(This article is republished with permission from the author. You can read more musings from Morgan P. Campbell at his blog, By Morgan Campbell.)
By Morgan P. Campbell / @morganpcampbell
In late June 2010, Hall-of-Fame boxing trainer Freddie Roach passed through Toronto on his way to Casino Rama to corner women’s champ Ana Julaton. No disrespect to the fighters at the news conference, but Roach was the story that day — a legit boxing celeb with some mainstream cachet, and our link to the much-discussed but still hypothetical Manny Pacquiao-Floyd Mayweather showdown.
I interviewed Roach about whether Pacquiao would call Mayweather’s bluff and agree to drug testing (Roach said heck yeah), and talked some more for a story about how Roach copes with Parkinson’s disease.
Afterward we chatted about the sweet science. I asked about Pacquiao’s future plans if a Mayweather bout didn’t materialize, and what Roach had learned watching Mayweather’s recent win over Shane Mosley.
Roach told me Mayweather had a dangerous right hand. Bad news for Pacquiao, who even back then had a bad habit of taking right hand leads to the forehead. But he said the standout factor was Mayweather’s legs.
They were dead, Roach said. Age had made him a stationary fighter, one who would struggle with Pacquiao’s speed and movement and angular attacks.
Roach watched that fight with a sharper eye for boxing detail than any of us has, gave Mayweather credit for dominating Mosley, then declared one of the two best fighters on the planet 'Over the Hill' at 33.
Are Mayweather’s legs any fresher at 38?
I doubt it, but pose the question because age has become an issue in the buildup to the fight and will probably remain one in the aftermath. As the Mayweather-Pacquiao courtship stretched from months to years, many sports pundits said Mayweather delayed negotiations willfully, hoping to face Pacquiao only after age had diminished him.
And if Mayweather wins May 2, you’ll hear that theory again from folks convinced a Mayweather cherry-picked an overripe fighter.
Don’t believe it.
I’m not even sure Pacquiao’s camp does.
This isn’t to say the 36-year-old Pacquiao’s hasn’t slipped in the last 5 years, because he has. He’s easier to hit than ever, and his vaunted knockout power has been absent since 2009.
But *checks birth dates* we can’t forget Mayweather’s nearly two years older than Pacquiao, which puts him on the wrong side of this equation. An ancient athlete has no age advantage over a rival who’s merely old.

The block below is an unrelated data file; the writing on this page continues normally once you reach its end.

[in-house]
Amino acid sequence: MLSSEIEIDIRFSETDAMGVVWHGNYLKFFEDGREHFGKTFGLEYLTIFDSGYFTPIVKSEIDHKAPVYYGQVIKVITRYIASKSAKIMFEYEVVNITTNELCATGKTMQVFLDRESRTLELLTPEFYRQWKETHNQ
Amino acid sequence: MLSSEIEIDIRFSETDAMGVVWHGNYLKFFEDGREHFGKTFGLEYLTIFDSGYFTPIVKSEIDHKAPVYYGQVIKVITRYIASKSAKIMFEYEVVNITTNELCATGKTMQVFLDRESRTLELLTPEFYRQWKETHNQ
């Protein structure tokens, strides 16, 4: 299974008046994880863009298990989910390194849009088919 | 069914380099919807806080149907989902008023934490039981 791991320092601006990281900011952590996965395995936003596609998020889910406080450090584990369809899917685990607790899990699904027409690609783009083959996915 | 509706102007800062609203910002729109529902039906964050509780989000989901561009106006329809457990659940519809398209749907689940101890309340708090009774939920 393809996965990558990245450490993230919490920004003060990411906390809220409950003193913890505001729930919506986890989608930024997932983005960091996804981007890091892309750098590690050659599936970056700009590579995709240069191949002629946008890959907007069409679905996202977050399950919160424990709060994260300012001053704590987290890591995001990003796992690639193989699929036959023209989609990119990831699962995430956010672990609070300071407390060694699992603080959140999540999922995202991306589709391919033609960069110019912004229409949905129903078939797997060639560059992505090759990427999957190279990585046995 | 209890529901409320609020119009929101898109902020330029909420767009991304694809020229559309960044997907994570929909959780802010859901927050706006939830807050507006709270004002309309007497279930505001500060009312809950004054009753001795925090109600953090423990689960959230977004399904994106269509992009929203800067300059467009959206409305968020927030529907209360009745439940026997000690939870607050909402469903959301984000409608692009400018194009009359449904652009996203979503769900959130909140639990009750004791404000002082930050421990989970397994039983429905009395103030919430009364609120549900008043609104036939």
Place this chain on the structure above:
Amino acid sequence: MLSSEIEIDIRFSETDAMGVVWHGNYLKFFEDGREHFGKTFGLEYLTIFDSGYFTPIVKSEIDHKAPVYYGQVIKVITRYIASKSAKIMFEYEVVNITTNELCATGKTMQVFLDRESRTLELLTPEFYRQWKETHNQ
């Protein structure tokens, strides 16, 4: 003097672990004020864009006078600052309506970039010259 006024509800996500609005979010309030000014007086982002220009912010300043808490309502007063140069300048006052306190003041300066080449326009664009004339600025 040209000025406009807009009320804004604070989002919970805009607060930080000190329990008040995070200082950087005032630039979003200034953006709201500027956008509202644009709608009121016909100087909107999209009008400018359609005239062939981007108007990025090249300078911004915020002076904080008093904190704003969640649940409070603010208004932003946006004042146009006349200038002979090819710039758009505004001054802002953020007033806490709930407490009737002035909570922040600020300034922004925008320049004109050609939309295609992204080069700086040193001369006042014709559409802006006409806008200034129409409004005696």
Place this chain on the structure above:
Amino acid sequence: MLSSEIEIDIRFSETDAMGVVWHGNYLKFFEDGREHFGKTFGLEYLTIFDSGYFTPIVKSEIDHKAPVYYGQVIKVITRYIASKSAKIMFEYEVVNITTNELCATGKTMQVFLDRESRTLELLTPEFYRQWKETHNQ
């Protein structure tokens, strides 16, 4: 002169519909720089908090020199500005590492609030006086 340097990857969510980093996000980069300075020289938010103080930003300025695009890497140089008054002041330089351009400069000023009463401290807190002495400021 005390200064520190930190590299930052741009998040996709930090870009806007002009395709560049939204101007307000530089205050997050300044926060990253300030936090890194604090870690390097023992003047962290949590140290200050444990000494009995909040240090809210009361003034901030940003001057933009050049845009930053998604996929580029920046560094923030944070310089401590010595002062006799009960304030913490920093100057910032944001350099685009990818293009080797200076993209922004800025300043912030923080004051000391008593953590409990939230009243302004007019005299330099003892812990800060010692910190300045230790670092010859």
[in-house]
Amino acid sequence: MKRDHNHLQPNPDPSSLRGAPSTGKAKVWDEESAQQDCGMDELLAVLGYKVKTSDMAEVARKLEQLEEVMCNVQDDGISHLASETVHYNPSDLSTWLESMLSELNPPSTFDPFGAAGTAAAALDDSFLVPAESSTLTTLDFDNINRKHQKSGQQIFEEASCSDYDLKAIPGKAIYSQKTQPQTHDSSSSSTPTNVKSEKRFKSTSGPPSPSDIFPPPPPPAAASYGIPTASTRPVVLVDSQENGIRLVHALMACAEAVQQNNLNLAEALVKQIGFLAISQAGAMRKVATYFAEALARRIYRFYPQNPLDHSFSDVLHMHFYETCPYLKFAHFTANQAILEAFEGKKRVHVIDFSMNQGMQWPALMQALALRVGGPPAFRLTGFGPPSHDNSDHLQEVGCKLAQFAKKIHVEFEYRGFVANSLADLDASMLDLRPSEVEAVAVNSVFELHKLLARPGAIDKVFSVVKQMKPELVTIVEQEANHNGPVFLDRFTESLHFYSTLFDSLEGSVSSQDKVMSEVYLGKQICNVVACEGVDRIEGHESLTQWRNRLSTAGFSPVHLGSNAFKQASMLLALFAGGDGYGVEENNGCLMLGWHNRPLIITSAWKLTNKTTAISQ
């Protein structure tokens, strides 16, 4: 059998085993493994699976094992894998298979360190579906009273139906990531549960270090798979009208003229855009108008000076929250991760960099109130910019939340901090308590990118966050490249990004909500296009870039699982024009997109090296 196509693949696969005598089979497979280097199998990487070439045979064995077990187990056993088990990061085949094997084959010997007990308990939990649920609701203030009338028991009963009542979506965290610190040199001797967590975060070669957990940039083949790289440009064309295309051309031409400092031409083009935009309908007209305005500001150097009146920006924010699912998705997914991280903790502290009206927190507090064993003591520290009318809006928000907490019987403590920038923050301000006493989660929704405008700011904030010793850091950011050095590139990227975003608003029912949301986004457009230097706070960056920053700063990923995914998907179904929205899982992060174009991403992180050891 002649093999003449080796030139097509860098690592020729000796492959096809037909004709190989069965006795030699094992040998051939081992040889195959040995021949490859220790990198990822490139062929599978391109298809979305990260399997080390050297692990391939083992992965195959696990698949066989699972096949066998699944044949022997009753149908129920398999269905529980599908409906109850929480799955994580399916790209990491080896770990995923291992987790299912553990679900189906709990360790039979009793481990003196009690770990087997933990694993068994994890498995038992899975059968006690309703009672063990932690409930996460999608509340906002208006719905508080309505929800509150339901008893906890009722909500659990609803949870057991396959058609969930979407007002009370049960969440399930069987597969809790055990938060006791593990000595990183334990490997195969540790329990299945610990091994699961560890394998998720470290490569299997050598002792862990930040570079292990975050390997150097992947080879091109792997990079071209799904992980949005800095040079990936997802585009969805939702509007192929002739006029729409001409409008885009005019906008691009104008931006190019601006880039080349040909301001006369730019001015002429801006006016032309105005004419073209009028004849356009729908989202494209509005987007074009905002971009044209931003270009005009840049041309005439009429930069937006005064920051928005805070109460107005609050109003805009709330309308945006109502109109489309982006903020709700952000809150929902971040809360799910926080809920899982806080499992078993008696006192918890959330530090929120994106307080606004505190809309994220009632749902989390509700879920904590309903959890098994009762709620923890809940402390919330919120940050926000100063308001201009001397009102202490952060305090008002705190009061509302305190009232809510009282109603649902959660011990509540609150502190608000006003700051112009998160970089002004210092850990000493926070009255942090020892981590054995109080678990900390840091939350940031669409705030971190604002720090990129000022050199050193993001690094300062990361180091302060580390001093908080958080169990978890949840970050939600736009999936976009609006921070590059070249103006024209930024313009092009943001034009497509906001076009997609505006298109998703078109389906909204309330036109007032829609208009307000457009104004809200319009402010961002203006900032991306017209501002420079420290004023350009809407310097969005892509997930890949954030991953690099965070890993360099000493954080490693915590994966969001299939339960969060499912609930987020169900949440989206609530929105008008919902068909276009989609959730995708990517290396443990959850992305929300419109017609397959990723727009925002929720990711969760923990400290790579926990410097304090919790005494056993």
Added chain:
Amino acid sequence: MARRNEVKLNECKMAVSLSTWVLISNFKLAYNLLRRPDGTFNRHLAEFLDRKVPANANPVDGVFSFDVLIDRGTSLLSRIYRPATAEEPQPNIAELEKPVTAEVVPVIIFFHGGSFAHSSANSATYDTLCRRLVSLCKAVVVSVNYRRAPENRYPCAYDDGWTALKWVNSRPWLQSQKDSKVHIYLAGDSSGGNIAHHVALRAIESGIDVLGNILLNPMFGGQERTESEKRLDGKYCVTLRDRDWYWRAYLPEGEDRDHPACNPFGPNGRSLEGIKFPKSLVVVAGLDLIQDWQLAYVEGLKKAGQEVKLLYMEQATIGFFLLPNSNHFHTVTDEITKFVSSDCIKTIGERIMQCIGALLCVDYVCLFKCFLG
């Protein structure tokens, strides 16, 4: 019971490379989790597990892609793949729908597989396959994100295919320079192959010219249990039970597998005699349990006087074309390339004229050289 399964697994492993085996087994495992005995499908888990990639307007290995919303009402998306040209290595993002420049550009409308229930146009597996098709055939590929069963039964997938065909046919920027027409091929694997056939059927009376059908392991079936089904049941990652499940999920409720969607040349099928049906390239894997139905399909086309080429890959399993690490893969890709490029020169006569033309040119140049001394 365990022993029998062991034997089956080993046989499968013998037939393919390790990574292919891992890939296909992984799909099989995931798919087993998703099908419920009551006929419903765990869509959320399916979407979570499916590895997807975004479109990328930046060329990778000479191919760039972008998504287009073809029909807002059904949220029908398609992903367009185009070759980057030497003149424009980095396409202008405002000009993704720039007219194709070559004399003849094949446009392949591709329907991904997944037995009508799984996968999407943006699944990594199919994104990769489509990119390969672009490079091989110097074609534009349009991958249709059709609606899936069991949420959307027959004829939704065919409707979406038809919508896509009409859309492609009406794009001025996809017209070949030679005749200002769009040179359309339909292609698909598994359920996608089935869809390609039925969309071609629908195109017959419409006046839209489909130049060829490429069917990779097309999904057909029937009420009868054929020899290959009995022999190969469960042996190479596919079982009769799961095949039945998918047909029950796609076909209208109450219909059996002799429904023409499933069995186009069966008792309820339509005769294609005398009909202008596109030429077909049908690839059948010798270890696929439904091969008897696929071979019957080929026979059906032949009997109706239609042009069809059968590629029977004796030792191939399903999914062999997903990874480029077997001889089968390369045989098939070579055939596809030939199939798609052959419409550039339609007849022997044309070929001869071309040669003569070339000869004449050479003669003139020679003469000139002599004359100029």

And let’s not pretend Mayweather is something besides a 38-year-old boxer whose best asset is speed. Athletes who perform as well at 38 as they had at 28 are rare, and those who do it without chemical assistance rarer still. And if you haven’t noticed a dulling in Mayweather’s razor-sharp skills you didn’t watch his fights with Marcos Maidana closely enough.
As we’ve discussed in the past, Mayweather has aged gracefully. But we’ve also discussed why Time is undefeated, and recent bouts show both guys have absorbed chronological body blows.
Roach said five years ago he’d noticed it, and hasn’t changed his mind.
“Mayweather fights in spurts these days. He likes to lay up on the ropes. He takes a lot of rests in the ring. One of the keys to victory for Manny is to recognize when Floyd is taking a break and to stay on the offensive…” -- Freddie Roach, to the Wall Street Journal this week
Key phrase: “These days.”
It implies that in earlier days Mayweather was more mobile and more active, and suggests the five-year wait for this fight hasn’t strengthened him.
Mayweather himself hasn’t acknowledged slowing down, but here’s what he said after defeating Maidana in their rematch last September.
Key phrase: “I got hit with some shots tonight I shouldn’t have got hit with.”
You know who talks like that?
An old fighter, that’s who.
If Slow Maidana landed punches against Old Mayweather, Fast Pacquiao has a chance to hit Even Older Floyd.
Granted, athletes don’t all age at the same rate. Archie Moore won his first world title at 36, while 36-year-old Roy Jones got knocked into oblivion by an Australian cruiserweight named Danny Green. But delaying this fight five years changes the nature of the contest. In 2010, it would have measured who was the best fighter; now it’ll determine which of man has aged better.
And there’s no guarantee Mayweather has the advantage there.
Be sure to follow Morgan on Twitter and Facebook for more updates on his work for Sportonomics, the Toronto Star and general fight game commentary.
Morgan Campbell is a Toronto based sports reporter and culture critic, while also being the second-fastest person in his family.